* Eccles, ix. 11.

Learn then, my brethren, from the uncertainty of all human enjoyments, to indulge with moderation in the blessings of prosperity. Let not those adventitious gifts elate you, of which the capricious events of the future may deprive you. Cultivate, even in the exhilaration of prosperity, that humble and dependent spirit, that deep sense of the uncertainty of all human enjoyments, which will lead you to employ aright the blessings which distinguish you, and prepare you to bear, at least with composure, the unforeseen stroke that may tear them from you. Consider all the advantages which you enjoy, as talents intrusted to you for wise purposes, by the Almighty Giver of all good; and, above all, remember he will call you to a strict and solemn account of the use you make of them while in your possession.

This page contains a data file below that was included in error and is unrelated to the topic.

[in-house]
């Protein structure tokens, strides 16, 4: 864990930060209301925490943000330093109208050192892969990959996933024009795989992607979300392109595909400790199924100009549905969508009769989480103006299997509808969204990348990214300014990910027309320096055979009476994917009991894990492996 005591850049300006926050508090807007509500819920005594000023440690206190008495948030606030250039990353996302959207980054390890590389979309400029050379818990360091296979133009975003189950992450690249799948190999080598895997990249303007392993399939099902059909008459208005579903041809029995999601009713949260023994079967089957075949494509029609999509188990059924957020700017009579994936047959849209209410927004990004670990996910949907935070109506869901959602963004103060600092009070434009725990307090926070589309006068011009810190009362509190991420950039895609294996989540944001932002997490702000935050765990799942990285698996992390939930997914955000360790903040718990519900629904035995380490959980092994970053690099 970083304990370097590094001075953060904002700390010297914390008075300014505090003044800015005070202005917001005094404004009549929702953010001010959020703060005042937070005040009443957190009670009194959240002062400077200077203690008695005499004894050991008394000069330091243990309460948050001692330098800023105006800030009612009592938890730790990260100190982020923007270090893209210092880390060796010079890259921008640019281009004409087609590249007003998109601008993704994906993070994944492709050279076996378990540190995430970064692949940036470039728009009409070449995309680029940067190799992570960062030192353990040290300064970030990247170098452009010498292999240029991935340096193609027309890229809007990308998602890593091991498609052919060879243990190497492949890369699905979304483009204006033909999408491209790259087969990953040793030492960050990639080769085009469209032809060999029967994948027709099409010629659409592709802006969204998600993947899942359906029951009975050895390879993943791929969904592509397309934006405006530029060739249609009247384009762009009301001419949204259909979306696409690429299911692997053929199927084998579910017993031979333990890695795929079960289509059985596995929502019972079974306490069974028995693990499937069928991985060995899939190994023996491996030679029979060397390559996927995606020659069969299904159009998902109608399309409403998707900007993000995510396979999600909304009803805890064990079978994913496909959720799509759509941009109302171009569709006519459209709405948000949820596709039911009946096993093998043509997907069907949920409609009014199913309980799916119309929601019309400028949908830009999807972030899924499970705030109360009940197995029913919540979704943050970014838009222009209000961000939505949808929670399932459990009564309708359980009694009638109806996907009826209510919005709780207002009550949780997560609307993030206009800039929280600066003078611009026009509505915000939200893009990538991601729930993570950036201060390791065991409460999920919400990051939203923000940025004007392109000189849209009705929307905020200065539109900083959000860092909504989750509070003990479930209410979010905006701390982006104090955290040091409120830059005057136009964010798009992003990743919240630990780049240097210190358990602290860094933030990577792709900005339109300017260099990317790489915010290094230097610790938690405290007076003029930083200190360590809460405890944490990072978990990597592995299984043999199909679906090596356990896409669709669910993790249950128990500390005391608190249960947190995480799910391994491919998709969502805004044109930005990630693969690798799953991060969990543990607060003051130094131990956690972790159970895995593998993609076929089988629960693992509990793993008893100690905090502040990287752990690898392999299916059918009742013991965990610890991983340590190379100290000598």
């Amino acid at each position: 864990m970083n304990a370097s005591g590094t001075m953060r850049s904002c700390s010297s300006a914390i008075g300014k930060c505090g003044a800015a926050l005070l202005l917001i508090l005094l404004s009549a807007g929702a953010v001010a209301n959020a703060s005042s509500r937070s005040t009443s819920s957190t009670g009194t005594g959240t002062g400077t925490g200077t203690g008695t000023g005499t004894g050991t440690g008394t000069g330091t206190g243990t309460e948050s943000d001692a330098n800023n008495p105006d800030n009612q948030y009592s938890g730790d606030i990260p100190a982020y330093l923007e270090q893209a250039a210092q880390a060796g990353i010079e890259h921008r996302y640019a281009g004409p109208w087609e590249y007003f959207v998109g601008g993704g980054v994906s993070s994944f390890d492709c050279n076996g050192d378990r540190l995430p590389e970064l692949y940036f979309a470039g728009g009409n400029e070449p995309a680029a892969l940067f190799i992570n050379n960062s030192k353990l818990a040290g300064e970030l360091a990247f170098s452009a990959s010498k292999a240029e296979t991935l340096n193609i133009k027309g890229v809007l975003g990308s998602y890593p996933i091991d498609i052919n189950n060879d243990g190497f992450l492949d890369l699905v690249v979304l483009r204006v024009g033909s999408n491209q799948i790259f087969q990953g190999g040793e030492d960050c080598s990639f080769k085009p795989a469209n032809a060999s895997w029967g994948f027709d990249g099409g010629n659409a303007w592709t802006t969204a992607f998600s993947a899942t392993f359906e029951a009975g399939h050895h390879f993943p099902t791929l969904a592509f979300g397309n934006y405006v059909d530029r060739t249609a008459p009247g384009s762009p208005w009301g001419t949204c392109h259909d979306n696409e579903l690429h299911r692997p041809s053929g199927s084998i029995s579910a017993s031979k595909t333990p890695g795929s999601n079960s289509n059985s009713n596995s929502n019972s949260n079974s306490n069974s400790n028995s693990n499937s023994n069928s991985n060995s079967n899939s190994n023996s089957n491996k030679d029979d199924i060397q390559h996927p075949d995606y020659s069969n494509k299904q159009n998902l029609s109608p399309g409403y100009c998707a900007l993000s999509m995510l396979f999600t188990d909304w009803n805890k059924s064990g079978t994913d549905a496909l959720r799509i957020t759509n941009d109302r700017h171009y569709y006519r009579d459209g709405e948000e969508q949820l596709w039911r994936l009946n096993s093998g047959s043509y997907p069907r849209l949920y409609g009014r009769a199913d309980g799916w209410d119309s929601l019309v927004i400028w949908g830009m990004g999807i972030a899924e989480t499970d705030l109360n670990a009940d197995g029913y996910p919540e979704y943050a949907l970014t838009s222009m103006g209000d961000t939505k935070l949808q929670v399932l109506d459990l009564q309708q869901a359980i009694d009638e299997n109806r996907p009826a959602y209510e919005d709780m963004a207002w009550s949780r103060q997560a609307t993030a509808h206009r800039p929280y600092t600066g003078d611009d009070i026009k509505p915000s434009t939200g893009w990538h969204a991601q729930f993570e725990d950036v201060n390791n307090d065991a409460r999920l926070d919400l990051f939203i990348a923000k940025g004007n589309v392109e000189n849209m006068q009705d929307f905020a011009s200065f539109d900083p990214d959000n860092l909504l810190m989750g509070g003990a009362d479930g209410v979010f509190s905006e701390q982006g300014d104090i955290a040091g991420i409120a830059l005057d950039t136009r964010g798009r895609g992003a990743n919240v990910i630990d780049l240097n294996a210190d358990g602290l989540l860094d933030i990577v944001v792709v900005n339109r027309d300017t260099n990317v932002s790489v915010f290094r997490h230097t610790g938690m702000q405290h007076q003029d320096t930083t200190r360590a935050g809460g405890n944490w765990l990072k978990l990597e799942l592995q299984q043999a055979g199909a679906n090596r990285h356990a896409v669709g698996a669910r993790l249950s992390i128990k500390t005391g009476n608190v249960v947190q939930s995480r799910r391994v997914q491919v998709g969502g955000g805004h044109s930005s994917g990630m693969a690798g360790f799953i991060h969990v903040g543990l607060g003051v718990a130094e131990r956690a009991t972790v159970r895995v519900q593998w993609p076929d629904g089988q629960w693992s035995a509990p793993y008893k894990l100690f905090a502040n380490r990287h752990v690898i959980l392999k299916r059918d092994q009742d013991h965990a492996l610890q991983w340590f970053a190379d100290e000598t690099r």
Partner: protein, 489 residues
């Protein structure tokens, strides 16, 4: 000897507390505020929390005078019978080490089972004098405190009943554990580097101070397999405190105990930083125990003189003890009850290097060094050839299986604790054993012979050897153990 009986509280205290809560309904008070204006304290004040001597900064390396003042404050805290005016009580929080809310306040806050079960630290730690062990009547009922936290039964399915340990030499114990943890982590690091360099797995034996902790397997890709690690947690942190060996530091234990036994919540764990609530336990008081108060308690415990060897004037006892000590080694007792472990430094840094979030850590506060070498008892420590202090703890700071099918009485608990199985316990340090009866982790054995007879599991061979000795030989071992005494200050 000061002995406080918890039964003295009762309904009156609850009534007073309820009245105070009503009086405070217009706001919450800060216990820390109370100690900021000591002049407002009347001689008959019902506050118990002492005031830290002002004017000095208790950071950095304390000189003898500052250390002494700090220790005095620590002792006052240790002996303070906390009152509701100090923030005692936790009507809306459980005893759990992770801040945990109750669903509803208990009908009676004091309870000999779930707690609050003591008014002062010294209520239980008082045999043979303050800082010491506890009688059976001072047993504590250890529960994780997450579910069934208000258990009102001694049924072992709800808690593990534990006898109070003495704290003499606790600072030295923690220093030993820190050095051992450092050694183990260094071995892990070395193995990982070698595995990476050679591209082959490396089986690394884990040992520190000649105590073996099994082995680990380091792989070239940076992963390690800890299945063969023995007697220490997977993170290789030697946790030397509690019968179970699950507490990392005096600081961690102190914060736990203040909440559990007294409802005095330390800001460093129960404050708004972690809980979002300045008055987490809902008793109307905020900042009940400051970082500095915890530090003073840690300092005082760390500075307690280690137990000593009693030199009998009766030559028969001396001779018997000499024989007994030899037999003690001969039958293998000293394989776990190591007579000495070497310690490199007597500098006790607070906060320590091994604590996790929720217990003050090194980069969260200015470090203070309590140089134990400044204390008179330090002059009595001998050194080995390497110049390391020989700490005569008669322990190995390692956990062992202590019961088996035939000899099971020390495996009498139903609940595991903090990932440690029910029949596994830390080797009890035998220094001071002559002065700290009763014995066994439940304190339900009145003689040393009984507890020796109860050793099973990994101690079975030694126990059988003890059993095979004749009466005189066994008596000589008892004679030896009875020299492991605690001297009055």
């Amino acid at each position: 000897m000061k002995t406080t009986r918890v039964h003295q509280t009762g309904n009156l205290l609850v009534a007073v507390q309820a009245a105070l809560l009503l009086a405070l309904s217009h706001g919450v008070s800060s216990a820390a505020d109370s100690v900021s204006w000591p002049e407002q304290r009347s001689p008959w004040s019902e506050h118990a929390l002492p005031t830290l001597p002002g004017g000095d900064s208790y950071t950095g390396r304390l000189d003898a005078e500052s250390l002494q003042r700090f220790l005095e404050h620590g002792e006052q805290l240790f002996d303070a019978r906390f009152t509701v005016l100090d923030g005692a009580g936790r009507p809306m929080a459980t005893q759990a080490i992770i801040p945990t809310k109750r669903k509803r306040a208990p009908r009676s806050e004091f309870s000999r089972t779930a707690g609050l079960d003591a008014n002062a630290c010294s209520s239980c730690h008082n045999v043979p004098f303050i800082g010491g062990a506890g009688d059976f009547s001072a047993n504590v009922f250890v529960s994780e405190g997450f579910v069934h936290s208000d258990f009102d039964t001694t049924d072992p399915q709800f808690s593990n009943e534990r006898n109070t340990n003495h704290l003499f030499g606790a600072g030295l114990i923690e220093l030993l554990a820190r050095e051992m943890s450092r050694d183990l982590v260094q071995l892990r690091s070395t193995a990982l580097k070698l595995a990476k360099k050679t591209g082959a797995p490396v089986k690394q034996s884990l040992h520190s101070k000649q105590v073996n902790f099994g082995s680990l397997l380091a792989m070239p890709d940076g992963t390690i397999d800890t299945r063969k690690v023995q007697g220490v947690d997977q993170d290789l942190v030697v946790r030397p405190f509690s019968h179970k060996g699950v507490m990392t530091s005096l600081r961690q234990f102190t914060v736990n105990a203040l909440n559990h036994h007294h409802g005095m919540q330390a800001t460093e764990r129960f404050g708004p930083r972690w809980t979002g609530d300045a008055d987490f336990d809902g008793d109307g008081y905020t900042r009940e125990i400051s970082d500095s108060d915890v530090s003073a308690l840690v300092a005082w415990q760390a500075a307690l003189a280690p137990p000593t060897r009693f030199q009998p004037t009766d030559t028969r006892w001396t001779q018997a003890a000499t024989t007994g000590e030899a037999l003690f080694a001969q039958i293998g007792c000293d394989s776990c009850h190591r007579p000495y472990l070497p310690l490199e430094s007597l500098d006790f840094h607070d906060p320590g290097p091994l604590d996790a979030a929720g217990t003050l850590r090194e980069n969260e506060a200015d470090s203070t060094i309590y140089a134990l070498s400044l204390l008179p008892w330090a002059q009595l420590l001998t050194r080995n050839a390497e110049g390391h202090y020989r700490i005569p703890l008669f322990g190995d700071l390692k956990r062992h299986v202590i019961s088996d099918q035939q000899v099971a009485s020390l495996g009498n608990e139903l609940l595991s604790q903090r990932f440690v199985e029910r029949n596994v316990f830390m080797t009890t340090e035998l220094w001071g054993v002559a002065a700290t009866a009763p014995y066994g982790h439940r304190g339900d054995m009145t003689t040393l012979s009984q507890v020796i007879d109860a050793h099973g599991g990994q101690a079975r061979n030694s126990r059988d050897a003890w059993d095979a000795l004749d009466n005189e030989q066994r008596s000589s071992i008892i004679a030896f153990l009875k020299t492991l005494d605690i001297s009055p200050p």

“ You know not what shall be on the morrow."

How absurd, then, a proud confidence in ourselves!

If all the events which affect our prosperity were placed perfectly within our eontrol, and if we could